“We are proud to have taken a leading role on the statement issued today at the Human Rights Council [...] entitled ‘Ending Acts of Violence and Related Human Rights Violations Based on Sexual Orientation and Gender Identity.’ Human rights are the inalienable right of every person, no matter who they are or who they love. The U.S. government is firmly committed to supporting the right of lesbian, gay, bisexual, and transgender individuals to lead productive and dignified lives, free from fear and violence.  We look forward to working with other Governments from all regions and with civil society to continue dialogue at the Council on these issues.”

You can click here to read the full statement and to see a full list of the member countries who signed on here.

Photo used under the Creative Commons Attribution License, with thanks to -Marlith-.


Sue ( Snow Owl) Clayton

Aren't we ALL human beings?? Don't we ALL breath the same air?? Don't we ALL bleed red?? Don't we ALL have feelings?? WE ARE ALL EQUAL !!!!!!

Tricia Hamilton
Tricia Hamilton6 years ago

Why don't we all get together and do the right thing for everyone? Tricia

Norma V.
Norma Villarreal6 years ago

80 countries down, and how many to go? Let's treat one another as human beings, not as some label that destroys our dignity.

Rob and Jay B.
Jay S6 years ago

It's wonderful to see the number of nations respecting human rights of LGBT people going up each year, but still the number is less than half of the nations in the UN. How many years will it be until all countries stop persecuting, imprisoning or killing gay people - people who just happened to be born with a different sexual orientation, no different from being born with a different skin color? It is mostly religious ignorance & bigotry that promotes these old hatreds, stereotypes & old tribal mores. So we know there are some nations that will never respect human rights for all. So sad. But at least there is progress. So there is hope. Thanks to the Obama administration for their support on this in the UN. A similar resolution under the GW Bush regime voted against the protections & with the hate States like Iran, Saudi Arabia, Pakistan, Uganda etc. So, as disappointing as O has been in so many ways to those of us hoping for real progress & change in the way the US does things, he is definitely better than any Republican on equality issues.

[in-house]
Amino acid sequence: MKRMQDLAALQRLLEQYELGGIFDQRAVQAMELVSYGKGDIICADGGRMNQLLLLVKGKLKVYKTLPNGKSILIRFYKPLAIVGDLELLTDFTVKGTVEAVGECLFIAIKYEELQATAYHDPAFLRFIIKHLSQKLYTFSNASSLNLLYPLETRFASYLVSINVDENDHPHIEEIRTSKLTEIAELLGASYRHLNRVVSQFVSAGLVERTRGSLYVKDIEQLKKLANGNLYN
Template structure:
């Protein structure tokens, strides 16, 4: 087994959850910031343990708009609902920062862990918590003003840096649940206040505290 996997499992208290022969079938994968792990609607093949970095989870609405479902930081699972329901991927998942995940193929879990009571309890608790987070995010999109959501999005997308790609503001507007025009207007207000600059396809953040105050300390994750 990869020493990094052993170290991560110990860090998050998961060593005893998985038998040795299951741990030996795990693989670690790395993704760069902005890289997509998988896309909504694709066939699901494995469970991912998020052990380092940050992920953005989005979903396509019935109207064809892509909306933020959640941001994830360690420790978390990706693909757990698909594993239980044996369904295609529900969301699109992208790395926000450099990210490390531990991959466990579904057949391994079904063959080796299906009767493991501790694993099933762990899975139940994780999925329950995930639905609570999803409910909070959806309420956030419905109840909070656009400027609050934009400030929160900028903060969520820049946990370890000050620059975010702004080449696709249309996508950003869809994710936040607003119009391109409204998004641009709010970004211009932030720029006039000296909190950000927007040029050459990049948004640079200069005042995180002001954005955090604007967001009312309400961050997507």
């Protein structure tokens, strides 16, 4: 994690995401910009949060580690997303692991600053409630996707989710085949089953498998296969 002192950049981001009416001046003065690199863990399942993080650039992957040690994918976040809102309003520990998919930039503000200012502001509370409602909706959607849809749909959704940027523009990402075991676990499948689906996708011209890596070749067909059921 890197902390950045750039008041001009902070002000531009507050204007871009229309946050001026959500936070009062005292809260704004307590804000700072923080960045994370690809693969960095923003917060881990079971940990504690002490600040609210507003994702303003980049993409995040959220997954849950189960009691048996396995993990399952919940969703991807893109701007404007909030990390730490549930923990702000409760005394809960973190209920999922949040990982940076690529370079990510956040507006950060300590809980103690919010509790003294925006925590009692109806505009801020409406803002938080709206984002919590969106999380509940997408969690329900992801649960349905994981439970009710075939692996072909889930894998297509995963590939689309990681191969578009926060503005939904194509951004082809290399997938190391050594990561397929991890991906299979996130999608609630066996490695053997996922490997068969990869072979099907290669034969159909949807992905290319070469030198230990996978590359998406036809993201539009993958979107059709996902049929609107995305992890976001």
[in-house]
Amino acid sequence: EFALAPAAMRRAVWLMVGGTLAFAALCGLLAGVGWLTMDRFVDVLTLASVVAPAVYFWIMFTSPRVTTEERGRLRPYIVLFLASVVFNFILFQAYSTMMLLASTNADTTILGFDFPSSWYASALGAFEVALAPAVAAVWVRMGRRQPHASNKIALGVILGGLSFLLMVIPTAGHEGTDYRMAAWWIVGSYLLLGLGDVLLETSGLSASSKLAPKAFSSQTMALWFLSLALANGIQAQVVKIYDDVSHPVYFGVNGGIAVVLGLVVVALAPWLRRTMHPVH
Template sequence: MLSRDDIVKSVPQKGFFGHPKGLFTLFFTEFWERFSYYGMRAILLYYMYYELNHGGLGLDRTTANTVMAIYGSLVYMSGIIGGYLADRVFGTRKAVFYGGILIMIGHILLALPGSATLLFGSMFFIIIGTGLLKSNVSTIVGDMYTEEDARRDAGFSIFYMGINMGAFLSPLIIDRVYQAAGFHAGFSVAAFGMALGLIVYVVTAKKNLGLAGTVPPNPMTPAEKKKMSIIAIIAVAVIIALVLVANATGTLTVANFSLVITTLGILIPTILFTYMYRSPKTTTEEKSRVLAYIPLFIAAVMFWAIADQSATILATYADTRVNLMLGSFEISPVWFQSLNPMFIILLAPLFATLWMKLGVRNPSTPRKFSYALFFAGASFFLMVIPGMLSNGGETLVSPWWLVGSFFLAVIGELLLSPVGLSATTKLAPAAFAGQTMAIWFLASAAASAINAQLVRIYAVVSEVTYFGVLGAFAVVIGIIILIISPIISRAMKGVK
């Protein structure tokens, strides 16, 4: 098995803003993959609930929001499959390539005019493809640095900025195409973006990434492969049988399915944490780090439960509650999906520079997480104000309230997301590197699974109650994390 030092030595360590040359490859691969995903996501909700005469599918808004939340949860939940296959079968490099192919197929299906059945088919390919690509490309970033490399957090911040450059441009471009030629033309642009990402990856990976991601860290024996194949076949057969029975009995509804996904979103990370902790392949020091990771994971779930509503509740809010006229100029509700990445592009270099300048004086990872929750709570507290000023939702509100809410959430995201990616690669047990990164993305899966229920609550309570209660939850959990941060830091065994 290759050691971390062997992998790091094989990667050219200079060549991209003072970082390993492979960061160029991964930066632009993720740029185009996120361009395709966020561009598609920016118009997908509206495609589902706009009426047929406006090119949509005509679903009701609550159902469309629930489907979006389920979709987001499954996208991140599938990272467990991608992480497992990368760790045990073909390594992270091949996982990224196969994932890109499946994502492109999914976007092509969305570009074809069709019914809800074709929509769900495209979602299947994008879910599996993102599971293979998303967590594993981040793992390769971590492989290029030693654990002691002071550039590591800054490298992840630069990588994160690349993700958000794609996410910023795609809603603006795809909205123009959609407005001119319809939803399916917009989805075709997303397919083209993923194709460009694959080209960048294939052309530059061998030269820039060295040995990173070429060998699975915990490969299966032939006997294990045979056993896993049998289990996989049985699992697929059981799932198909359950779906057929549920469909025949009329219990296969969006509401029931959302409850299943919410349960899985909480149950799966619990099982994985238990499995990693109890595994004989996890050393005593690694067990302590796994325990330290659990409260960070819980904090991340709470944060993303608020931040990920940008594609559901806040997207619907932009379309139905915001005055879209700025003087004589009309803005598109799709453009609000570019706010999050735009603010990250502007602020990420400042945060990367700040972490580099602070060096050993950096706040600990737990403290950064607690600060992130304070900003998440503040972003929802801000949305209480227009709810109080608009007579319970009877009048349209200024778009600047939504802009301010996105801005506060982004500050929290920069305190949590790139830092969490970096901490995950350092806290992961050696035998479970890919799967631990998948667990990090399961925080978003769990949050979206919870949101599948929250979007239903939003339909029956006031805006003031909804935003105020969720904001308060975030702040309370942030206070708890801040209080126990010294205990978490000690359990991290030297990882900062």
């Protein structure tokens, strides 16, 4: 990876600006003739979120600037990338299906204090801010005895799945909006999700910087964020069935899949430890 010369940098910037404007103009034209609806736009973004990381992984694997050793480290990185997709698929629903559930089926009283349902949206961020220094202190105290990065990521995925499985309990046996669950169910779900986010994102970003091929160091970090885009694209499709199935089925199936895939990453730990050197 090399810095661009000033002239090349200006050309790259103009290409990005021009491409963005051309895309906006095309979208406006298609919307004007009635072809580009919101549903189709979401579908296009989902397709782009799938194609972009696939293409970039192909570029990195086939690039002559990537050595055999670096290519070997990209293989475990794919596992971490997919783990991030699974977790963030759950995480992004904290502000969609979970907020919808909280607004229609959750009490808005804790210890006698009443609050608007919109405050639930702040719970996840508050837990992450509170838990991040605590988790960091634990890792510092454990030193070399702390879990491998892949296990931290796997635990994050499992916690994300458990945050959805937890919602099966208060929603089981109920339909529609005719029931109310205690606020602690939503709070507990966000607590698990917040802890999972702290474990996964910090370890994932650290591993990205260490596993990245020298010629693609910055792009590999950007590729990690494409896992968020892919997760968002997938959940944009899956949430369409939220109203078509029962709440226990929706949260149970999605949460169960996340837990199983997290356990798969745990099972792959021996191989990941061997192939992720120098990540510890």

Susan B.
Susan Barwan6 years ago

all this talk is great, but in the meantime, they still discriminate against gays in the US....so if the USA has signed on like they say, best for our government to actually DO something before i have to leave my country just to get married.

kenny s.
Kenny Stidham6 years ago

Go to YouTube and watch "The Ally Effect". This young coach is amazing and will help make the world a better place for all gays.

Martha Eberle
Martha Eberle6 years ago

It's progress, and an Obama priority, but ... why is there so much discrimination and violence against LGBTs in this country? and why do American citizens have to fight for their citizenship rights to marry? I believe in action, rather than words.

Helle H.
Helle H6 years ago

84 countries is good, but what about the rest. They still need to learn.

SK O6 years ago

The times really are changing !

Bart V.
Bart V.6 years ago

I'm quite surprised by the list of 84 countries that signed the declaration condemning LGBT rights violations. Some , I thought, had deplorable reputations for being intensely anti-gay. Fiji comes to mind.